[024] Frequency Response Measurement Part 2: Single-Frequency Measurement

Single-frequency injection and measurement is used to analyze and test power supplies. 


In this article, Dr. Ridley continues the topic of frequency response of switching power supplies. Last month’s article focused on the broadband noise generation of power supplies. This article shows how we can extract single frequencies one-by-one from the noise with the AP300 frequency response analyzer. This allows us to perform control measurements on our switching power supplies.

Single Frequency Measurements for Switching Power Supplies

The previous article in the Design Tips series of this magazine [1] discussed the wide range of frequencies generated by a switching power supply. High noise is unavoidable when working with switchers, and the converter must also be tightly controlled in the presence of this noise.

This presents a challenge in two areas: firstly, the control chip must run reliably with the noise and predictably set the duty cycle of the switch from one cycle to the next. Secondly, measurements must be taken on the power supply once a control loop is closed to ensure that it is always stable.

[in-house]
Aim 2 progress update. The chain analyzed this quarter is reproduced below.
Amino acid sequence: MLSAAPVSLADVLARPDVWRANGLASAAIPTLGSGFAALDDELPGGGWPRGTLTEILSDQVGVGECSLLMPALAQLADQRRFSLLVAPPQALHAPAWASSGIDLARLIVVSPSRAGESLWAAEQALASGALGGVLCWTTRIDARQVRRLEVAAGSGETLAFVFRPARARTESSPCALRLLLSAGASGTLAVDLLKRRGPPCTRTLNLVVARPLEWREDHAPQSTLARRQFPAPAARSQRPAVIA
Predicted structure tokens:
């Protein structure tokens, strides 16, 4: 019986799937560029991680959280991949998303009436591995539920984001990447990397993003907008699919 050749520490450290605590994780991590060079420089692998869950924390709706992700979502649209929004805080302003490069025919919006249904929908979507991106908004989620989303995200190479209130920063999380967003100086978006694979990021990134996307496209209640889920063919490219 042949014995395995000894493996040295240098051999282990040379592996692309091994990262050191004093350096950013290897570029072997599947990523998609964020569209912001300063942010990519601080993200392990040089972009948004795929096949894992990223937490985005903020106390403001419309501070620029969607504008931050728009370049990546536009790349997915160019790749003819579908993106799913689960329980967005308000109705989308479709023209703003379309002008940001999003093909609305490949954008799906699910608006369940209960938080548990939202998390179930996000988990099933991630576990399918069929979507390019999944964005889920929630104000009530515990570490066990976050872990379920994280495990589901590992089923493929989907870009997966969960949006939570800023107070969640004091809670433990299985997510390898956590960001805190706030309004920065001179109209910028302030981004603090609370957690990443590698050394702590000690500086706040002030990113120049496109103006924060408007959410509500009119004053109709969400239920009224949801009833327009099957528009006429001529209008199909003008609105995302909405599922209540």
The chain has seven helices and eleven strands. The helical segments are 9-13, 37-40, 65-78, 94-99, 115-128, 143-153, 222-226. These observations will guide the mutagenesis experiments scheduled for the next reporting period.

Analog controllers do an excellent job of managing the first problem through the simple sawtooth ramp and reference technique of a standard PWM controller. Once the controller is working properly, we use traditional Bode plot measurements to assess performance and stability.

Power supplies are one of the few areas of analog electronics that still make conventional measurements rather than depending on prediction and modeling alone. The loop gain and stability margin can vary tremendously for a converter operating over its full range. Figure 1 shows the range of variation that can exist for a simple buck converter when variations of line, load, temperature, and EMI filter are considered.

Figure 1: Variability of Bode plots for a “simple” buck converter with variations of line, load, temperature, and EMI input filter.

These curves show extreme changes in the gain and phase of the converter. The curves, however, assume linearized operation, with small-signal circuit models used to generate the plots. In the real world, the switching power supply may have regions of operation that are not well modeled, and even more variation is possible. Clearly, in the face of such extreme behavior, measurement of the power supply is an essential step in making sure the design of the control loop is rugged.

Figure 2 shows a typical noisy power supply waveform with an injected signal, used to make control measurements. This points out another unique requirement of switching power supplies – specialized equipment is needed to be able to extract the injected waveform in the presence of the switching noise.  This is done with a frequency response analyzer.

Figure 2: Typical power supply waveform with signal and noise.

Frequency Response Analyzer

A frequency response analyzer is a piece of test equipment designed to inject a sinewave into a circuit, and measure the response of the circuit at that single frequency at two different test points in order to generate a gain and phase response. The injected sinewave is swept from frequencies as low as 0.1 Hz, up to the switching frequency of the converter.